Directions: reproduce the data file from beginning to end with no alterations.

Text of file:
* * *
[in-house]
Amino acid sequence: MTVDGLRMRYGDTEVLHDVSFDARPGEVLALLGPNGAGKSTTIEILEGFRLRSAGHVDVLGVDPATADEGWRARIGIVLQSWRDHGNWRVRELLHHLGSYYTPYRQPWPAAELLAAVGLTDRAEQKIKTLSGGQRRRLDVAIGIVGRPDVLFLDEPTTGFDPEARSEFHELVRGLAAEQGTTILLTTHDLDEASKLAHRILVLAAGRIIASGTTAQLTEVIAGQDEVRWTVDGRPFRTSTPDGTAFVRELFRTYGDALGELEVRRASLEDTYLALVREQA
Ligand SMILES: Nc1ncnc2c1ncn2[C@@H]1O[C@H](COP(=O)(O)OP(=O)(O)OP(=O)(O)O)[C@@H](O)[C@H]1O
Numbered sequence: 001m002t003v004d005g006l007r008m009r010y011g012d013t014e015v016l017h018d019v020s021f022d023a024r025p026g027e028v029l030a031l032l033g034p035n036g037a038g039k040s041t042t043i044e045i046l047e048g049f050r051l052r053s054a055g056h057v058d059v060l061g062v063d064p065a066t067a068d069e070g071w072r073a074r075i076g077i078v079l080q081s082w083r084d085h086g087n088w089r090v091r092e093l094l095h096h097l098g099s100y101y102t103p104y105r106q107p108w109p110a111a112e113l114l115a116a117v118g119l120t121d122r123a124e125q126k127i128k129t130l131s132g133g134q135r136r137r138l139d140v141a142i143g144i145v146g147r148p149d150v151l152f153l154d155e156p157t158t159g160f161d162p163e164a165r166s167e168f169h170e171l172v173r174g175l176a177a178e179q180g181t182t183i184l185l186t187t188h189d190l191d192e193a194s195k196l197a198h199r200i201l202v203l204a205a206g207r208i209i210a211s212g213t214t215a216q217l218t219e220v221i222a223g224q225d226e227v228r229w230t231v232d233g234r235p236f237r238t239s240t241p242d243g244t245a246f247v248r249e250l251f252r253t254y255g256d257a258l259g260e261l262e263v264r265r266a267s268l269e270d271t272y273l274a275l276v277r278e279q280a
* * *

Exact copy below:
[in-house]
Amino acid sequence: MTVDGLRMRYGDTEVLHDVSFDARPGEVLALLGPNGAGKSTTIEILEGFRLRSAGHVDVLGVDPATADEGWRARIGIVLQSWRDHGNWRVRELLHHLGSYYTPYRQPWPAAELLAAVGLTDRAEQKIKTLSGGQRRRLDVAIGIVGRPDVLFLDEPTTGFDPEARSEFHELVRGLAAEQGTTILLTTHDLDEASKLAHRILVLAAGRIIASGTTAQLTEVIAGQDEVRWTVDGRPFRTSTPDGTAFVRELFRTYGDALGELEVRRASLEDTYLALVREQA
Ligand SMILES: Nc1ncnc2c1ncn2[C@@H]1O[C@H](COP(=O)(O)OP(=O)(O)OP(=O)(O)O)[C@@H](O)[C@H]1O
Numbered sequence: 001m002t003v004d005g006l007r008m009r010y011g012d013t014e015v016l017h018d019v020s021f022d023a024r025p026g027e028v029l030a031l032l033g034p035n036g037a038g039k040s041t042t043i044e045i046l047e048g049f050r051l052r053s054a055g056h057v058d059v060l061g062v063d064p065a066t067a068d069e070g071w072r073a074r075i076g077i078v079l080q081s082w083r084d085h086g087n088w089r090v091r092e093l094l095h096h097l098g099s100y101y102t103p104y105r106q107p108w109p110a111a112e113l114l115a116a117v118g119l120t121d122r123a124e125q126k127i128k129t130l131s132g133g134q135r136r137r138l139d140v141a142i143g144i145v146g147r148p149d150v151l152f153l154d155e156p157t158t159g160f161d162p163e164a165r166s167e168f169h170e171l172v173r174g175l176a177a178e179q180g181t182t183i184l185l186t187t188h189d190l191d192e193a194s195k196l197a198h199r200i201l202v203l204a205a206g207r208i209i210a211s212g213t214t215a216q217l218t219e220v221i222a223g224q225d226e227v228r229w230t231v232d233g234r235p236f237r238t239s240t241p242d243g244t245a246f247v248r249e250l251f252r253t254y255g256d257a258l259g260e261l262e263v264r265r266a267s268l269e270d271t272y273l274a275l276v277r278e279q280a